Even as religious affiliation continues to decline, CRCC’s research on religious creativity and innovation has found groups that are thriving across religious traditions. While not necessarily large (though some are), these groups engage participants of a particular faith, of multiple faiths or none, and help them satisfy the basic goals of faith communities: providing meaning, community and identity. Based on our work over the last several years, starting with large-scale research project of successfully innovative religious groups, CRCC formed a framework for “thriving communities.”
Not all of the following ten characteristics are found in the same combination or strength in all thriving communities. However, we believe that the presence of these characteristics, and of both leaders and lay persons committed to their communities having these characteristics, is what separates thriving faith communities from those that are declining or perhaps relying on their history and tradition for their survival.
Thriving communities are:
- Adaptive, responding to a new social challenges and opportunities with sense of possibility, rather than a sense of fear
- Activated, enacting their faith with a vision for a better world
- Authentic, grounding truth in intuitive resonance for both members and those outside the group such that the beliefs, practices and identity of the community “makes sense”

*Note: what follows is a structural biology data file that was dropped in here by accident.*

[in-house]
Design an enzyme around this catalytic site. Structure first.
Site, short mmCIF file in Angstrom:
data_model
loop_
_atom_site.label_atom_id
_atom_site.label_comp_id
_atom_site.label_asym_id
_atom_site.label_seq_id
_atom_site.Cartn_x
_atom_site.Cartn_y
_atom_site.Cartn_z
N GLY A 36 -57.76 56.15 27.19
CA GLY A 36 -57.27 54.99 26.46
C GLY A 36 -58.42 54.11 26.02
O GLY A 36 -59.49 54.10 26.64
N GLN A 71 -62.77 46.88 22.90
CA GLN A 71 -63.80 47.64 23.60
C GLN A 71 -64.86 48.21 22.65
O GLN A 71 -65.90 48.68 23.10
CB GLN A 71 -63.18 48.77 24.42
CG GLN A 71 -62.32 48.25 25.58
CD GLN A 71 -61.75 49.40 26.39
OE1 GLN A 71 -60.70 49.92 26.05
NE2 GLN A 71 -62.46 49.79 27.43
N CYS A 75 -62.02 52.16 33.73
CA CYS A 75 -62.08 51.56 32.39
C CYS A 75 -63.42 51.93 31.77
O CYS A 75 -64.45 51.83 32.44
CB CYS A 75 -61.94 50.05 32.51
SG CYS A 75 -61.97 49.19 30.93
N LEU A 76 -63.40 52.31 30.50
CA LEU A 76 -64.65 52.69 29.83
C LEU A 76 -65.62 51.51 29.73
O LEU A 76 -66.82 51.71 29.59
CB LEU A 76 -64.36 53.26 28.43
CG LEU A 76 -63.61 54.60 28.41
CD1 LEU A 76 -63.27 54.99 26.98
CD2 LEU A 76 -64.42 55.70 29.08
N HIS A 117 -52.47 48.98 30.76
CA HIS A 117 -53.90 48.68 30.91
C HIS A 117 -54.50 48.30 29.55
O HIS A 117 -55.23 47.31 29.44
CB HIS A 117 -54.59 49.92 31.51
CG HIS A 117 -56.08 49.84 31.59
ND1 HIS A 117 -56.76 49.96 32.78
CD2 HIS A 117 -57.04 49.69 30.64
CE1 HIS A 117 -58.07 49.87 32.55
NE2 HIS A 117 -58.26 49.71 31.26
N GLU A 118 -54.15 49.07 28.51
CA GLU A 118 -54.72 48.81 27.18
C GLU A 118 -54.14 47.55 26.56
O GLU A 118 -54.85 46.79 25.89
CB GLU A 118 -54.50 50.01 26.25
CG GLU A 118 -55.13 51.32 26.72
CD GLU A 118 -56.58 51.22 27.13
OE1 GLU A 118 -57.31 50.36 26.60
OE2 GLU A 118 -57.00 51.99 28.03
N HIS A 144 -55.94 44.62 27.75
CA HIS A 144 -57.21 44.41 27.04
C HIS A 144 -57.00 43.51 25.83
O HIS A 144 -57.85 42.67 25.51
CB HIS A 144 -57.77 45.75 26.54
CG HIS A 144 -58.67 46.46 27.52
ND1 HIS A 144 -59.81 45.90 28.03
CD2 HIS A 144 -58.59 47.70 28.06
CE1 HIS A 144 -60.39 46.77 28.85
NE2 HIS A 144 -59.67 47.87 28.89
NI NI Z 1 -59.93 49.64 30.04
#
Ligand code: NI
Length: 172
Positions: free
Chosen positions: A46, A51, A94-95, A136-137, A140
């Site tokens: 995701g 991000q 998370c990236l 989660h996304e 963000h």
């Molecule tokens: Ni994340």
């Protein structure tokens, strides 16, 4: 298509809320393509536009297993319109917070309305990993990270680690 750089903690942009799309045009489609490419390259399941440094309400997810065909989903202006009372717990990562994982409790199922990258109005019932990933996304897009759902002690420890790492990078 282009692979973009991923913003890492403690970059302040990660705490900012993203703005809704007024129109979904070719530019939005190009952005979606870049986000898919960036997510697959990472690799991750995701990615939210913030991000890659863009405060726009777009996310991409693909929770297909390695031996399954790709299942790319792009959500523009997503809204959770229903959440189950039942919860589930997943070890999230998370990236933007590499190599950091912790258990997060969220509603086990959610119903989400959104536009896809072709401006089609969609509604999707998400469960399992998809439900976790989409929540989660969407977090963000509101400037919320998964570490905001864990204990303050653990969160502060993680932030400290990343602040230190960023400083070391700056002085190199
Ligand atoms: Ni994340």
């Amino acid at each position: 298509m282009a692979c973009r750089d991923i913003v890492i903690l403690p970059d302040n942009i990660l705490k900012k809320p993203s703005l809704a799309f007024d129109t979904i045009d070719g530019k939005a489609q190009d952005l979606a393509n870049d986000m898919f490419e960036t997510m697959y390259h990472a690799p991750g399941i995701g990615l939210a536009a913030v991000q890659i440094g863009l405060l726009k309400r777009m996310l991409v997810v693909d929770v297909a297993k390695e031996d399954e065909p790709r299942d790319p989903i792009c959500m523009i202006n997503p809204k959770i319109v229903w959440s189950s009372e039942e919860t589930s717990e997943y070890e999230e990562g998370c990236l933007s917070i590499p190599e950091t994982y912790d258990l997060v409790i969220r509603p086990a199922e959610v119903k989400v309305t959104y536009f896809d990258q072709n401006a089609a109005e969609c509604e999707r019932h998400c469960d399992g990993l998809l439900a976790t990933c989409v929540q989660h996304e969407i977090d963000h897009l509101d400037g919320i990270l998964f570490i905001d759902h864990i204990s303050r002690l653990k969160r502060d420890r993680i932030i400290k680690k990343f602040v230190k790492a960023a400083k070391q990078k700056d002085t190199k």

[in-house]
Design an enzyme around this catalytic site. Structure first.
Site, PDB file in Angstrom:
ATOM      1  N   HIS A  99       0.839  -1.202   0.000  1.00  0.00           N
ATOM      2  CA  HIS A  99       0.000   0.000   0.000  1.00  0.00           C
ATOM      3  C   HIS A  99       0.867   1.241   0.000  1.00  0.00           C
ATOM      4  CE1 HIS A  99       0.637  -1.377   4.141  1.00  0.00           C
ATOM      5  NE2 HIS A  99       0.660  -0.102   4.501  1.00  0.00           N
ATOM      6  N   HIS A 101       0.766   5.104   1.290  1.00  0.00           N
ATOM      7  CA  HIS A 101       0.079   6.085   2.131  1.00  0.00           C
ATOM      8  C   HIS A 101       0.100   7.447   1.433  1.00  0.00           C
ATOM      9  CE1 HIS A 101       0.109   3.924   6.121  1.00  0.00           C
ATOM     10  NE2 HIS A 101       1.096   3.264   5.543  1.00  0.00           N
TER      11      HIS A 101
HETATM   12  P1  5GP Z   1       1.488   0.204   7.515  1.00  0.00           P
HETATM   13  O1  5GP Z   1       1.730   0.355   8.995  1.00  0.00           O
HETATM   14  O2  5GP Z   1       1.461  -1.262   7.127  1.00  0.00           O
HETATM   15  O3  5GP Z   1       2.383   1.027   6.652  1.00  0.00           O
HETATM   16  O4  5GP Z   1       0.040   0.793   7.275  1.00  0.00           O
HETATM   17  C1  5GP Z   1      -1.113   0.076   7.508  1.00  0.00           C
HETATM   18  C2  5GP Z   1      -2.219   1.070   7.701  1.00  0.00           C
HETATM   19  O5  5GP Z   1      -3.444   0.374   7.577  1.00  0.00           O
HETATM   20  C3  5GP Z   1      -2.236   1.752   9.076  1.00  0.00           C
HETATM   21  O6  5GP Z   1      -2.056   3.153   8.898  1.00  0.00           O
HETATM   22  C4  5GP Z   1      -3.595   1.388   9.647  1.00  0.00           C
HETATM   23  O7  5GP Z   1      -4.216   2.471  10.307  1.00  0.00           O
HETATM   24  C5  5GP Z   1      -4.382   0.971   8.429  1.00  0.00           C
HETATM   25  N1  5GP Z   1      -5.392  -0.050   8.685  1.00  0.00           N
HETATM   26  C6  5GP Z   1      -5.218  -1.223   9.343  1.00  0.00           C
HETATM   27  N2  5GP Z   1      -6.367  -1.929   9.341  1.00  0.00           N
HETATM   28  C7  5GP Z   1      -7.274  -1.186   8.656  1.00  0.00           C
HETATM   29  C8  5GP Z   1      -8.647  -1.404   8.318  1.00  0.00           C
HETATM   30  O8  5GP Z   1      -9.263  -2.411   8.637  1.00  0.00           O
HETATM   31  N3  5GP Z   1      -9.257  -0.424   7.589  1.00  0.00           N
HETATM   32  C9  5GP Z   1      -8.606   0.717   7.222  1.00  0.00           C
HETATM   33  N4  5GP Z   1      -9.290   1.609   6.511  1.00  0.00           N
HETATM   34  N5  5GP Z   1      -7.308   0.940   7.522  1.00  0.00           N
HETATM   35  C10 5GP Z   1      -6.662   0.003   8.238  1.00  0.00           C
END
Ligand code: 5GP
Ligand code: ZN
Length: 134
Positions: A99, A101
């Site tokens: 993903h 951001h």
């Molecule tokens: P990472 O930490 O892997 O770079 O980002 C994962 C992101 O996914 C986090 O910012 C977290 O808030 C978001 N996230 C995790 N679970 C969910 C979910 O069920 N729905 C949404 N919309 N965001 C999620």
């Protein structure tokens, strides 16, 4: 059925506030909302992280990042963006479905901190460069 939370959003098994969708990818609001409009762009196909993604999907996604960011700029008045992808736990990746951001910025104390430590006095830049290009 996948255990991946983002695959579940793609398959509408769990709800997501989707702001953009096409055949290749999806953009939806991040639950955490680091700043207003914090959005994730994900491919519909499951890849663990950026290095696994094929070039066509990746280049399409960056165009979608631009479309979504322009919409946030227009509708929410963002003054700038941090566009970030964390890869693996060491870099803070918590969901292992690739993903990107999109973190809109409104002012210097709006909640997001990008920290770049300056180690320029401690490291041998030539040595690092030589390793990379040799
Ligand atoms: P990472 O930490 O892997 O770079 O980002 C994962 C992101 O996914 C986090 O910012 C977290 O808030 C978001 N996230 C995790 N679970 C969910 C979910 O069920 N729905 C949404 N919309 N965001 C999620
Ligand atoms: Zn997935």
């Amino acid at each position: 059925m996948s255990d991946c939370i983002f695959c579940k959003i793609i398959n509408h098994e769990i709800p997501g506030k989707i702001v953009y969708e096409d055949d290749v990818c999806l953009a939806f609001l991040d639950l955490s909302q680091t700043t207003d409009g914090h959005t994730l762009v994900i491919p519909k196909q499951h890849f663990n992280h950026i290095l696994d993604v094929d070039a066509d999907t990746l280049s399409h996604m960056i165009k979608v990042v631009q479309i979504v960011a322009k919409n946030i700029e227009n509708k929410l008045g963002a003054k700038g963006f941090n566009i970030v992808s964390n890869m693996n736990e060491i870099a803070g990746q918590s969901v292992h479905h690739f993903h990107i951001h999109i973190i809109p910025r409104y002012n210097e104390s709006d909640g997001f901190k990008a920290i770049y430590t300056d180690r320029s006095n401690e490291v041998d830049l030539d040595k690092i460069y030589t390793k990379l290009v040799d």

- Bounded by their religious traditions but push those boundaries through innovative ideas and practices that remain true to their tradition while expanding how those traditions can make sense in contemporary society
- Embedded in a particular place, committed to the well-being of their local communities
- Embodied, integrating somatic experience with their written and oral teachings and traditions
- Empathetic, centered on care and compassion for both their members and for those in their host communities
- Enfranchised, having no strict hierarchy, instead, they welcome ideas from leaders and members alike, as well as from sources outside their community
- Networked through strong connections with other groups, within and across faith traditions and those with no faith tradition or identity.
- Pollinating, being more interested in sharing ideas and practices than in developing institutions or institutional structures